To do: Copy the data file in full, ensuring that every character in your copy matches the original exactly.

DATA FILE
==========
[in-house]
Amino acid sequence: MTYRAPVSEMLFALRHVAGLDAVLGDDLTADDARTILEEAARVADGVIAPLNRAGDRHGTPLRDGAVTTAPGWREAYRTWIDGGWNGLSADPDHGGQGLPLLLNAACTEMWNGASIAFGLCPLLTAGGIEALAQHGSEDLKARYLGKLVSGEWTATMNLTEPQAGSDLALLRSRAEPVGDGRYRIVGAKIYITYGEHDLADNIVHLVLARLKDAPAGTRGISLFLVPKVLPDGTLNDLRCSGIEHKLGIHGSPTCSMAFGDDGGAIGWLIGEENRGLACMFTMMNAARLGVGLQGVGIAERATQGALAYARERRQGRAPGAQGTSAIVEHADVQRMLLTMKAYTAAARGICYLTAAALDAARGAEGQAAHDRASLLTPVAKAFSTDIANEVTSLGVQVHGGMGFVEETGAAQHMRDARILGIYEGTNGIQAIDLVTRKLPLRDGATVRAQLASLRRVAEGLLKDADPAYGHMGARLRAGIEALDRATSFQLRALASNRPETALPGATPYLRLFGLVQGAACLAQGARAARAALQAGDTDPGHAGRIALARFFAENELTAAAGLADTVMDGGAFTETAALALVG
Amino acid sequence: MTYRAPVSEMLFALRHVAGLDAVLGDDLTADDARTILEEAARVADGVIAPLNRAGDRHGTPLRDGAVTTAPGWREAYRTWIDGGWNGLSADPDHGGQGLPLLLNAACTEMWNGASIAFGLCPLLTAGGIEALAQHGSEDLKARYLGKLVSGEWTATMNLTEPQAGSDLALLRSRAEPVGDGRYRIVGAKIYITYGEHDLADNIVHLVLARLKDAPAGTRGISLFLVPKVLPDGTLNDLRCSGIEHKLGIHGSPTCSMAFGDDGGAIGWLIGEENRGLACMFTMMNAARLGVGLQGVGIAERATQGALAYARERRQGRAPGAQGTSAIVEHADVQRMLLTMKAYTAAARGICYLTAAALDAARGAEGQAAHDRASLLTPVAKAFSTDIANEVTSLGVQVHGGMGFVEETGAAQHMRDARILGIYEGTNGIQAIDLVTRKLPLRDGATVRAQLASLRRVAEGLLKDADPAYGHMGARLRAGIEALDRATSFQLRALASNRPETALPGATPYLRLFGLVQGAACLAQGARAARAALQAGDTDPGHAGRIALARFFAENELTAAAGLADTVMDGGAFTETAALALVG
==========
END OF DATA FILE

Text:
[in-house]
Amino acid sequence: MTYRAPVSEMLFALRHVAGLDAVLGDDLTADDARTILEEAARVADGVIAPLNRAGDRHGTPLRDGAVTTAPGWREAYRTWIDGGWNGLSADPDHGGQGLPLLLNAACTEMWNGASIAFGLCPLLTAGGIEALAQHGSEDLKARYLGKLVSGEWTATMNLTEPQAGSDLALLRSRAEPVGDGRYRIVGAKIYITYGEHDLADNIVHLVLARLKDAPAGTRGISLFLVPKVLPDGTLNDLRCSGIEHKLGIHGSPTCSMAFGDDGGAIGWLIGEENRGLACMFTMMNAARLGVGLQGVGIAERATQGALAYARERRQGRAPGAQGTSAIVEHADVQRMLLTMKAYTAAARGICYLTAAALDAARGAEGQAAHDRASLLTPVAKAFSTDIANEVTSLGVQVHGGMGFVEETGAAQHMRDARILGIYEGTNGIQAIDLVTRKLPLRDGATVRAQLASLRRVAEGLLKDADPAYGHMGARLRAGIEALDRATSFQLRALASNRPETALPGATPYLRLFGLVQGAACLAQGARAARAALQAGDTDPGHAGRIALARFFAENELTAAAGLADTVMDGGAFTETAALALVG
Amino acid sequence: MTYRAPVSEMLFALRHVAGLDAVLGDDLTADDARTILEEAARVADGVIAPLNRAGDRHGTPLRDGAVTTAPGWREAYRTWIDGGWNGLSADPDHGGQGLPLLLNAACTEMWNGASIAFGLCPLLTAGGIEALAQHGSEDLKARYLGKLVSGEWTATMNLTEPQAGSDLALLRSRAEPVGDGRYRIVGAKIYITYGEHDLADNIVHLVLARLKDAPAGTRGISLFLVPKVLPDGTLNDLRCSGIEHKLGIHGSPTCSMAFGDDGGAIGWLIGEENRGLACMFTMMNAARLGVGLQGVGIAERATQGALAYARERRQGRAPGAQGTSAIVEHADVQRMLLTMKAYTAAARGICYLTAAALDAARGAEGQAAHDRASLLTPVAKAFSTDIANEVTSLGVQVHGGMGFVEETGAAQHMRDARILGIYEGTNGIQAIDLVTRKLPLRDGATVRAQLASLRRVAEGLLKDADPAYGHMGARLRAGIEALDRATSFQLRALASNRPETALPGATPYLRLFGLVQGAACLAQGARAARAALQAGDTDPGHAGRIALARFFAENELTAAAGLADTVMDGGAFTETAALALVG